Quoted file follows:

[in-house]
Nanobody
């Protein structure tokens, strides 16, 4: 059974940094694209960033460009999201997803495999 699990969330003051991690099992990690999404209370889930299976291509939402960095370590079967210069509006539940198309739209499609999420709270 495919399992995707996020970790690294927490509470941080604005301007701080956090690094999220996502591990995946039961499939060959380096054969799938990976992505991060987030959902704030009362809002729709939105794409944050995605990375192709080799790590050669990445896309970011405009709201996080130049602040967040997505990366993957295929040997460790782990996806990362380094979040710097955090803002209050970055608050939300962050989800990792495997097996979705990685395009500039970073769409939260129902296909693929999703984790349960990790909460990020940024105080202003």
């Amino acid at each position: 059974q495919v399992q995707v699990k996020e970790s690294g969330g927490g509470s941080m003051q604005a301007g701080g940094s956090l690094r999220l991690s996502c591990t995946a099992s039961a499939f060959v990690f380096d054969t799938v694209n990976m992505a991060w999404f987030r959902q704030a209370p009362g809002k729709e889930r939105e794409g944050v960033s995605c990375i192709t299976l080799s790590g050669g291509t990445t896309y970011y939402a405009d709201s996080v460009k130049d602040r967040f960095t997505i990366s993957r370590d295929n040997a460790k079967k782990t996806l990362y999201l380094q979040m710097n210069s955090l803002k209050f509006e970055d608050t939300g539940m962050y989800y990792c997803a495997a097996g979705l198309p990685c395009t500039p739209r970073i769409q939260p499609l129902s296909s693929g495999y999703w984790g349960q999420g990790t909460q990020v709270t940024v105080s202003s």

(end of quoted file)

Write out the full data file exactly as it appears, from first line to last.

[in-house]
Nanobody
């Protein structure tokens, strides 16, 4: 059974940094694209960033460009999201997803495999 699990969330003051991690099992990690999404209370889930299976291509939402960095370590079967210069509006539940198309739209499609999420709270 495919399992995707996020970790690294927490509470941080604005301007701080956090690094999220996502591990995946039961499939060959380096054969799938990976992505991060987030959902704030009362809002729709939105794409944050995605990375192709080799790590050669990445896309970011405009709201996080130049602040967040997505990366993957295929040997460790782990996806990362380094979040710097955090803002209050970055608050939300962050989800990792495997097996979705990685395009500039970073769409939260129902296909693929999703984790349960990790909460990020940024105080202003």
């Amino acid at each position: 059974q495919v399992q995707v699990k996020e970790s690294g969330g927490g509470s941080m003051q604005a301007g701080g940094s956090l690094r999220l991690s996502c591990t995946a099992s039961a499939f060959v990690f380096d054969t799938v694209n990976m992505a991060w999404f987030r959902q704030a209370p009362g809002k729709e889930r939105e794409g944050v960033s995605c990375i192709t299976l080799s790590g050669g291509t990445t896309y970011y939402a405009d709201s996080v460009k130049d602040r967040f960095t997505i990366s993957r370590d295929n040997a460790k079967k782990t996806l990362y999201l380094q979040m710097n210069s955090l803002k209050f509006e970055d608050t939300g539940m962050y989800y990792c997803a495997a097996g979705l198309p990685c395009t500039p739209r970073i769409q939260p499609l129902s296909s693929g495999y999703w984790g349960q999420g990790t909460q990020v709270t940024v105080s202003s």